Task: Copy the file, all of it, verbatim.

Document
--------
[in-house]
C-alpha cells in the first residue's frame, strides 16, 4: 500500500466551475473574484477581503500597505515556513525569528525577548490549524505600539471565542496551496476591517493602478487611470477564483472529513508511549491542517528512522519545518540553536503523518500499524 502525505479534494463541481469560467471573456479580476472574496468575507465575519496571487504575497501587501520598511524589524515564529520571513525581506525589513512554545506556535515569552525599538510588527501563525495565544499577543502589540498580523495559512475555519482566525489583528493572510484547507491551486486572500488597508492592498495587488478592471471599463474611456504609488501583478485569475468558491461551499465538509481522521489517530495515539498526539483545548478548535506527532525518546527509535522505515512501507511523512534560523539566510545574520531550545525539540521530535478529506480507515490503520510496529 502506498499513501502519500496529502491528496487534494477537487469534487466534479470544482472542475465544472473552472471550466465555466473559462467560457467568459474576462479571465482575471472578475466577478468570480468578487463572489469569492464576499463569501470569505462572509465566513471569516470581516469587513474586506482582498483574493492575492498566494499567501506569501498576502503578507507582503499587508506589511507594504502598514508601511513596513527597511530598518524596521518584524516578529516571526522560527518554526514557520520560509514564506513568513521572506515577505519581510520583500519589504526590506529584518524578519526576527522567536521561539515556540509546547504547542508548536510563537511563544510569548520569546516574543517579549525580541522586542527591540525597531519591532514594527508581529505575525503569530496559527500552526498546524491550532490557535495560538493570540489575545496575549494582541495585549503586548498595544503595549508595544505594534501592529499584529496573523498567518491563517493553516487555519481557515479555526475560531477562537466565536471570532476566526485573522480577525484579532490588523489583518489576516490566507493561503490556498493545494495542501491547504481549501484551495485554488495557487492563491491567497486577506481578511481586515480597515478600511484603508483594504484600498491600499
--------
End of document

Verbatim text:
[in-house]
C-alpha cells in the first residue's frame, strides 16, 4: 500500500466551475473574484477581503500597505515556513525569528525577548490549524505600539471565542496551496476591517493602478487611470477564483472529513508511549491542517528512522519545518540553536503523518500499524 502525505479534494463541481469560467471573456479580476472574496468575507465575519496571487504575497501587501520598511524589524515564529520571513525581506525589513512554545506556535515569552525599538510588527501563525495565544499577543502589540498580523495559512475555519482566525489583528493572510484547507491551486486572500488597508492592498495587488478592471471599463474611456504609488501583478485569475468558491461551499465538509481522521489517530495515539498526539483545548478548535506527532525518546527509535522505515512501507511523512534560523539566510545574520531550545525539540521530535478529506480507515490503520510496529 502506498499513501502519500496529502491528496487534494477537487469534487466534479470544482472542475465544472473552472471550466465555466473559462467560457467568459474576462479571465482575471472578475466577478468570480468578487463572489469569492464576499463569501470569505462572509465566513471569516470581516469587513474586506482582498483574493492575492498566494499567501506569501498576502503578507507582503499587508506589511507594504502598514508601511513596513527597511530598518524596521518584524516578529516571526522560527518554526514557520520560509514564506513568513521572506515577505519581510520583500519589504526590506529584518524578519526576527522567536521561539515556540509546547504547542508548536510563537511563544510569548520569546516574543517579549525580541522586542527591540525597531519591532514594527508581529505575525503569530496559527500552526498546524491550532490557535495560538493570540489575545496575549494582541495585549503586548498595544503595549508595544505594534501592529499584529496573523498567518491563517493553516487555519481557515479555526475560531477562537466565536471570532476566526485573522480577525484579532490588523489583518489576516490566507493561503490556498493545494495542501491547504481549501484551495485554488495557487492563491491567497486577506481578511481586515480597515478600511484603508483594504484600498491600499